You say “hyena” … and I say “hyaena”

People in the United States spell the word “hyena” with only one “a ”  (at the end of the word). However, English-speaking people in most of the rest of the world spell the name of these animals with an “a” after the “y” as well as another “a” at the end. And want to hear something funny? People in eastern Africa, who speak Swahili, call these animals “fisi” (pronounced fee’ see). And here’s how you say “hyena” in Chinese  (pronunced lieh gou).

 How big is a hyena?

Well, that depends on WHICH hyena we’re talking about. An aardwolf is about the size of a fox, a spotted hyena is about the size of a big wolf, and brown and striped hyenas are intermediate in size.

A paw of a spotted hyena next to the hand of an adult woman. Photo by Leslie J. Curren.

Where can you go to watch hyenas ?

Striped hyenas live in Africa and Asia, but the other three hyena species only live in Africa. If you can’t go see them in their natural habitat, striped hyenas can be seen at several different zoos in Europe and Asia, and at two zoos in the United States (the Denver Zoo and the Living Desert). Spotted hyenas can also be viewed at zoos in Australia, Canada, Europe and the United States.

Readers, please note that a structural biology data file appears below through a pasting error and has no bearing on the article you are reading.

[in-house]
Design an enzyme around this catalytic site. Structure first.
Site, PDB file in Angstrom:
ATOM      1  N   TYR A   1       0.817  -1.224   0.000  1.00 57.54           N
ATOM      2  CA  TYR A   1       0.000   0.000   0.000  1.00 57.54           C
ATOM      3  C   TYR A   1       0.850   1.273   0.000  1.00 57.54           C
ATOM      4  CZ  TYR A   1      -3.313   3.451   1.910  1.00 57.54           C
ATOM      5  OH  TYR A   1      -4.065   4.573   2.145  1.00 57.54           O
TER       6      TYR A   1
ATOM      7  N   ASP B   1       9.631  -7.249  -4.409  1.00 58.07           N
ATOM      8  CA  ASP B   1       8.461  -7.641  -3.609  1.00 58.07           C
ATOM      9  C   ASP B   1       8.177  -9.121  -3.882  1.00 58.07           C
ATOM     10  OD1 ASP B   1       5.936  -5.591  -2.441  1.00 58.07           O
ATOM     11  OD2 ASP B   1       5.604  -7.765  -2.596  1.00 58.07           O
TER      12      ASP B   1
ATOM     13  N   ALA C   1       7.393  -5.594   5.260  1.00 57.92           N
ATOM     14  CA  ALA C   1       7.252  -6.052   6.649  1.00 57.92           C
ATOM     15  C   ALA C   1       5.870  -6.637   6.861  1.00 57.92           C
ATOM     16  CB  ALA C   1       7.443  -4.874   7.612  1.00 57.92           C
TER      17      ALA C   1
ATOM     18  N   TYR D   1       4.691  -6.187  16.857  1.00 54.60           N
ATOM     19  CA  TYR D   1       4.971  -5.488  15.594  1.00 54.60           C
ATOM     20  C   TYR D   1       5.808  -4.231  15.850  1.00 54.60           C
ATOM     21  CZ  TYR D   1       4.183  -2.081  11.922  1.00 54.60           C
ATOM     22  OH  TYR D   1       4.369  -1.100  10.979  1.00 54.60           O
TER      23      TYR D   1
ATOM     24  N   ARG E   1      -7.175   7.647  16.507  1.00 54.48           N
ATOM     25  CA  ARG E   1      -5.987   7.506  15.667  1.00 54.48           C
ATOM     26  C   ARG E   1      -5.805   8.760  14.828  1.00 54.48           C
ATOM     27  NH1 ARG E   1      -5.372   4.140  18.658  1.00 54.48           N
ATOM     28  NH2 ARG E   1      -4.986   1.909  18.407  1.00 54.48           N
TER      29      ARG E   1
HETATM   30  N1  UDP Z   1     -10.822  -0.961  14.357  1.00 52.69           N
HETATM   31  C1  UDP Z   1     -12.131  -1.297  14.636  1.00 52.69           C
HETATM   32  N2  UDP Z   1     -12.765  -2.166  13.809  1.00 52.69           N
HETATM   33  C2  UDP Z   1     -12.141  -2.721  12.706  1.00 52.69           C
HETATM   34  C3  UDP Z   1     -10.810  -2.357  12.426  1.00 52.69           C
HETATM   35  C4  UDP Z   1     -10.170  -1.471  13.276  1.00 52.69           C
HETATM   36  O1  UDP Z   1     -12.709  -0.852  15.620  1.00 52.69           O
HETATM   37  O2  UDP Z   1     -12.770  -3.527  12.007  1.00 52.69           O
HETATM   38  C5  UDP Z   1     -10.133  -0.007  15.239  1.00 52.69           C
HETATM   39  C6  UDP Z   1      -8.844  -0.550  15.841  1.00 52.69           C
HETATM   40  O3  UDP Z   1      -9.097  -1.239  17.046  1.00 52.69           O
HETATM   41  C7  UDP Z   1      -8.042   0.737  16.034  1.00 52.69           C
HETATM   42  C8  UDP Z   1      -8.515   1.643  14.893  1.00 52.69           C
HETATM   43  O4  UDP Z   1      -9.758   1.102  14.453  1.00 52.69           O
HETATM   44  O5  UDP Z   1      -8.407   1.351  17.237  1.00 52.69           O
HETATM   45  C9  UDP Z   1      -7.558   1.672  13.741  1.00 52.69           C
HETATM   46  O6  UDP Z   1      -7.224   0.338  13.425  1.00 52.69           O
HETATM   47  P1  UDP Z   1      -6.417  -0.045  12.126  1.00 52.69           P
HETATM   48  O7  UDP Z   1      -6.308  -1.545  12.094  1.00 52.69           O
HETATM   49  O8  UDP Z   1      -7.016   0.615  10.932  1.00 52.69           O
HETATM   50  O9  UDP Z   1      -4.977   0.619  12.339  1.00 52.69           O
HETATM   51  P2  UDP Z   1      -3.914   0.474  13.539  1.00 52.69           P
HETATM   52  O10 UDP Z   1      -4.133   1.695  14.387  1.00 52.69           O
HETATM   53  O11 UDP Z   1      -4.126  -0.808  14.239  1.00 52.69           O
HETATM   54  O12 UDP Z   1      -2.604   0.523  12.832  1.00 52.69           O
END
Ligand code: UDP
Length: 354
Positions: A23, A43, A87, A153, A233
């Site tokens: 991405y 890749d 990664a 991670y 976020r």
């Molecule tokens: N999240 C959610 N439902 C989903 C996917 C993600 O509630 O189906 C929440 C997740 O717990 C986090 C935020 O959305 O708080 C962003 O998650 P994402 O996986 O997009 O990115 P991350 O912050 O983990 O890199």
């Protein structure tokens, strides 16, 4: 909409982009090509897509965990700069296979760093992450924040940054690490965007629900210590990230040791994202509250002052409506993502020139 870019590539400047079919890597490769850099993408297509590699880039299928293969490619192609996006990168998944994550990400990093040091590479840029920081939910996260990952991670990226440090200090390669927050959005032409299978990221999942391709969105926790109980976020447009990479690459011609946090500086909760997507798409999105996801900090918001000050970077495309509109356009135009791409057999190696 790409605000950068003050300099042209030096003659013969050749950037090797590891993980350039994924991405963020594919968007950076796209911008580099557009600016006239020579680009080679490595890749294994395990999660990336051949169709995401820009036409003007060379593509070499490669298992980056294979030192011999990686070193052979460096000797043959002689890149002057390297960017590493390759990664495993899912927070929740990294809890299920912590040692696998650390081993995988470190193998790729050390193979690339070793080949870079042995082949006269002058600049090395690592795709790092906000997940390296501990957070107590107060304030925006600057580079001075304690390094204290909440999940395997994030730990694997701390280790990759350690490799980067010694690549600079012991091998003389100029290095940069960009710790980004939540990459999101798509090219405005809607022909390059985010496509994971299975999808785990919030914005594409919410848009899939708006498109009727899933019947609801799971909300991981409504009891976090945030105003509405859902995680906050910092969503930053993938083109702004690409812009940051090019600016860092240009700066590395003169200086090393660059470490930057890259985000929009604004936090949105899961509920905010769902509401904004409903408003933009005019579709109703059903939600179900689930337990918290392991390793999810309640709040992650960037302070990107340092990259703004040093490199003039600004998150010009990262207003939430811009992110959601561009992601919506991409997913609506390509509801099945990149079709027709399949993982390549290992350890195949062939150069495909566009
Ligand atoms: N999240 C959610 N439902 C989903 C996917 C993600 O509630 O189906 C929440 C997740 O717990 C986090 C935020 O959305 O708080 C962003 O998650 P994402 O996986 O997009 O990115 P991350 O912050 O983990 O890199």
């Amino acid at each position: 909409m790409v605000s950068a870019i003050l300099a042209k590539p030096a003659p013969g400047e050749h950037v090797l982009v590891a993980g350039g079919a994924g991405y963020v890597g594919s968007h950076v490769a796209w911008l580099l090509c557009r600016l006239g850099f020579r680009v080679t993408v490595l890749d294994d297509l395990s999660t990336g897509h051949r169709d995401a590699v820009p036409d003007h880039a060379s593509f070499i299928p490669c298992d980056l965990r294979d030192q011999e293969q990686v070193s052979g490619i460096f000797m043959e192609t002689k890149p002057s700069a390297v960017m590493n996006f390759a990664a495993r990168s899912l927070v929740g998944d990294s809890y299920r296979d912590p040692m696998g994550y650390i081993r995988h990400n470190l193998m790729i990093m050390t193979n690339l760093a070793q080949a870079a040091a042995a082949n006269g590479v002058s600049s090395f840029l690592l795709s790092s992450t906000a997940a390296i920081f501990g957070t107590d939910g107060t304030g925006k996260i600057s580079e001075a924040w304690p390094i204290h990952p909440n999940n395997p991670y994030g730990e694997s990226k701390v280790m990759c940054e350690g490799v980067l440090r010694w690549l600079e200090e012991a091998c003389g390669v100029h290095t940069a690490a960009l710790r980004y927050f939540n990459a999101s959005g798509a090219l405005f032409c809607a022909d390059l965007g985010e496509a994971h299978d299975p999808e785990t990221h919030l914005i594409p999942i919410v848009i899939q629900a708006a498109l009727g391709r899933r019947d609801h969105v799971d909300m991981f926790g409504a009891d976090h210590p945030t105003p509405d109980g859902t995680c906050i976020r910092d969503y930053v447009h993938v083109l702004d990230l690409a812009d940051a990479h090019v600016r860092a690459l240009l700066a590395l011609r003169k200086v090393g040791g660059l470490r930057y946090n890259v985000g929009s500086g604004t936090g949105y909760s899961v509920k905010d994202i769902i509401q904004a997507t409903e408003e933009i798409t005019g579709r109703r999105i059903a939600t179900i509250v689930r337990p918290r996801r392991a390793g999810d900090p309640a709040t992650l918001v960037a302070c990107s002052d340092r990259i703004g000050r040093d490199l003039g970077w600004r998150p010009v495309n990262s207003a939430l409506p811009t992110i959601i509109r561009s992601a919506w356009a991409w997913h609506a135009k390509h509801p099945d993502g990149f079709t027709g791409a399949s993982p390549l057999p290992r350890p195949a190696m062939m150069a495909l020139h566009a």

See cool video footage of striped and spotted hyenas at the Zoo in Denver, Colorado, USA 

Striped hyenas at the Denver Zoo, Colorado, USA. Notice that these animals have long, beautiful manes!

Hyena social lives

There are four different hyena species: spotted hyenas, brown hyenas, striped hyenas, and aardwolves. Spotted hyenas are the largest; they are about the same size as a big german shepherd dog. Aadrwolves are the smallest, weighing only as much as a large housecat! Even though hyenas look a lot like dogs, they are NOT dogs. In fact they are more closely related to cats than dogs! Young hyenas are called “cubs”, not “puppies” or “kittens.” Striped hyenas live alone except when they have cubs. Aardwolves live in pairs, with just their mates.  Brown hyenas live in small family groups. Spotted hyenas live in great big groups, called “clans,” that can contain as many as 80 hyenas. Hyena cubs are very cute and they are a LOT of fun to watch.